I think that's most of my news. It'll probably take a week or two of writing to figure out what's really the most important to share, but hopefully, I'll master the art sooner, rather than letter.
That being said, thank you for your emails!! I don't know any of the sisters you have named that are in your ward, but if you see Elder G- again (he was in the Spanish branch) tell him that I met his MTC companion at transfer meetings. I can't remember his name though. Anyway, he says hi. Small world again. Glad to hear that everyone's music performances and sports events are going well, and that LGPE was successful. Alan is driving!! No way! Congrats buddy! I somehow read right over the sentence in Mom's letter that said he had passed and I was reading the part about Sunday when everyone got home without the parents and made pancakes and cleaned up (props to you all), and I thought 'what? how did that happen?" So I went back and read, and sure enough, my little brother is a driver!! When y'all find a car you like, let me know about it.
I thought it was cool that y'all got to take ward names through the temple. Yesterday, we sat down with our branch family history specialist to learn how to do family history so that we can help one of our recent converts get names ready for the temple. They have a new site now called Family Tree that is so much easier to use than the old one. I feel much less intimidated to get started on my own family work when when I get back.
Dad, thank you for your thought from Isaiah. I always love your thoughts because they're always right on what I need. The last couple days I have been battling sleepiness like nobody's business, and I might just write that scripture on a sticky note above my desk to remind me. I feel like my experience 27 paragraphs above about praying for help really applies to this. It has been so comforting to know that while I have so much I need to learn, and I am so far from perfect, I have help every moment of every day from Heavenly Father. I've really felt that this week, and it has been such a blessing. I've also been really blessed so far in my companions. That was one of my biggest worries before I left, but like Mom told me, he knows my needs and he knows my desires, and I have been so blessed to receive the companions that I need that have been able to help me fulfill my desires.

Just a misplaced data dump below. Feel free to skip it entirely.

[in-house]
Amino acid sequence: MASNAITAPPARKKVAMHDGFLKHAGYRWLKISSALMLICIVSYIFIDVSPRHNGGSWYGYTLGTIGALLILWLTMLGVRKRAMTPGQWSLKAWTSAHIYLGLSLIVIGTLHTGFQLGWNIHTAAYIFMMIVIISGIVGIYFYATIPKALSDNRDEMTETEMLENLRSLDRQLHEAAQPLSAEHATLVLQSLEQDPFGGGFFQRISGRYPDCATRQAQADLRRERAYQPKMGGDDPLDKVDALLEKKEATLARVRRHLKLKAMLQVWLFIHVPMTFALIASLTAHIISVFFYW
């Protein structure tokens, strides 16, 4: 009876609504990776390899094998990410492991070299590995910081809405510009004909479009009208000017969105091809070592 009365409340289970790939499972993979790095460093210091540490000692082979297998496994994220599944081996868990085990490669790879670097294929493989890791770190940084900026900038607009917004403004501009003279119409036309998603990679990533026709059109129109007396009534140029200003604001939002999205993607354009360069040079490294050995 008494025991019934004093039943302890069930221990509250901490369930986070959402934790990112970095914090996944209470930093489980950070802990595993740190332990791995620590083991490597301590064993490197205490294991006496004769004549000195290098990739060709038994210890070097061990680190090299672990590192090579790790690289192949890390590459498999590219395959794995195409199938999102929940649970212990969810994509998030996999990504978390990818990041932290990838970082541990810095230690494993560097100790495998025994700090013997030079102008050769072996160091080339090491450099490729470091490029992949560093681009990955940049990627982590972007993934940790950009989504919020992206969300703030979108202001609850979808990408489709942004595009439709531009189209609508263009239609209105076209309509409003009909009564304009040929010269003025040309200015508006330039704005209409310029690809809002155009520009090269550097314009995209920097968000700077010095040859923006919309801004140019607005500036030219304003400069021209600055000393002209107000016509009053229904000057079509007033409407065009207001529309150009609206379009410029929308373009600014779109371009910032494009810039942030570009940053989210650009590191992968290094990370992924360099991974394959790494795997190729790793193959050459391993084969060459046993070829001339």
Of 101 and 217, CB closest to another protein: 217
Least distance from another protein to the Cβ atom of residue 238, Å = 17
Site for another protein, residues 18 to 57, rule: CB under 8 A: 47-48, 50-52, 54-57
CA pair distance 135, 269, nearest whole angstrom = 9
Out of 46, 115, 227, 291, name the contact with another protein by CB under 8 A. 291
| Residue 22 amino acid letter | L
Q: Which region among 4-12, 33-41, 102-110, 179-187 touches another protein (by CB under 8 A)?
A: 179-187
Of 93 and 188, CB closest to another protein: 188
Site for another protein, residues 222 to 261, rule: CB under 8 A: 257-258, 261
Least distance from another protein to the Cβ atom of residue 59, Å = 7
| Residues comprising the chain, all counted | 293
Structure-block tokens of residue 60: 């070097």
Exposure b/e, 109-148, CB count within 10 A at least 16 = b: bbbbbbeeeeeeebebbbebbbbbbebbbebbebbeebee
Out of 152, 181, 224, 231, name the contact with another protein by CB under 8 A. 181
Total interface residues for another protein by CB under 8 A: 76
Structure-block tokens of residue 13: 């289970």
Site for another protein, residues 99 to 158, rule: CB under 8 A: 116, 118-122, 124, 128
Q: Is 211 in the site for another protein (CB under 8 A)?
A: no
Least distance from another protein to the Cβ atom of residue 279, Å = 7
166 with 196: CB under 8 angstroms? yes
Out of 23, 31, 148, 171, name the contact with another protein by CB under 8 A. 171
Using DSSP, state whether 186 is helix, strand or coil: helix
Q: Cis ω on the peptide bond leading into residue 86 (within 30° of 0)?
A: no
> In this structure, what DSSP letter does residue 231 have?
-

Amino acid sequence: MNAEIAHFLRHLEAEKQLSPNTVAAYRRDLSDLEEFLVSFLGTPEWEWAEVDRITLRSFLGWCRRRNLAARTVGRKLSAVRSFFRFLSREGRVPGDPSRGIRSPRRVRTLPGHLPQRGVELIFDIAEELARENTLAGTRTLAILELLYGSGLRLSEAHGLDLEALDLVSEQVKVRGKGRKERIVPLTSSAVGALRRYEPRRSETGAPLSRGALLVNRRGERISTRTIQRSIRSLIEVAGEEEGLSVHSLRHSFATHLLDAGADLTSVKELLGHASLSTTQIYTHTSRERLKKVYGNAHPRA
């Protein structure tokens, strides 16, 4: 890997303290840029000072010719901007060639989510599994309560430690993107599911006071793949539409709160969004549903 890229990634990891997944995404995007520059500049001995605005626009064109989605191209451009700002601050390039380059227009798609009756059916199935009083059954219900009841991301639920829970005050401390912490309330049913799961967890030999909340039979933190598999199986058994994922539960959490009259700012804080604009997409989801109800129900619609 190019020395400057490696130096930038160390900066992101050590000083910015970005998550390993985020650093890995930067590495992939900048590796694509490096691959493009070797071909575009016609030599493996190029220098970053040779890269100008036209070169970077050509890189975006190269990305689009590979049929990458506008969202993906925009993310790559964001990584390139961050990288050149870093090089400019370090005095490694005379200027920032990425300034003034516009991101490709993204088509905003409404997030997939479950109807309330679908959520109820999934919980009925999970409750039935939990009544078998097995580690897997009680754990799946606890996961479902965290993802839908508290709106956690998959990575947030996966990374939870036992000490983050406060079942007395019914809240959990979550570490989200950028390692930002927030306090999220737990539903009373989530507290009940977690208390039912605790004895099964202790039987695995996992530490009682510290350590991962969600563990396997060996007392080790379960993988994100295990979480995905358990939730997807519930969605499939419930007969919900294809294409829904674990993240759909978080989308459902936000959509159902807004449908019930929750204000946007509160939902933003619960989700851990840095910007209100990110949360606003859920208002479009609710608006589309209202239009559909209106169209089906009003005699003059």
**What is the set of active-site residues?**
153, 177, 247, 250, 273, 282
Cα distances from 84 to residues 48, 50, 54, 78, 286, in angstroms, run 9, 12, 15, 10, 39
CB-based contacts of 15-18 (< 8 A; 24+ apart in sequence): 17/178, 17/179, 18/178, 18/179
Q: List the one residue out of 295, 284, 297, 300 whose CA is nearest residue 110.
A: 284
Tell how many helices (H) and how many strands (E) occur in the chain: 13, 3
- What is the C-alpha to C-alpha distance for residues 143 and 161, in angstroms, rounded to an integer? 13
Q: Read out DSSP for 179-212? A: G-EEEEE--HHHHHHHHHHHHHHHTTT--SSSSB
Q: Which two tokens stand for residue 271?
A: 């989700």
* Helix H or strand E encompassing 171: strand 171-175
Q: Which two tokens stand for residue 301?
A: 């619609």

I go to bed bone tired every day, but I'm doing great, and while I'm not yet as enthusiastic as the missionaries who are going home soon and are dreading it because they don't want to leave, I do love being here and I love serving the people here, and I trust that in time, I will feel that way too, because that's what I want my mission experience to be. I just have to learn how to make it that way, which will take a little bit of time.
I love this gospel. I love being able to immerse myself in it every day, and I know that as we continue to study and apply the little things, we will have the help and the guidance that we need and desire to help us get through what lies ahead of us. I pray for you all every day, especially for Mom to be able to find balance and to be able to know how to help the people that she serves. It's a weighty burden to shoulder, but I know you can do it.
Les amo mucho!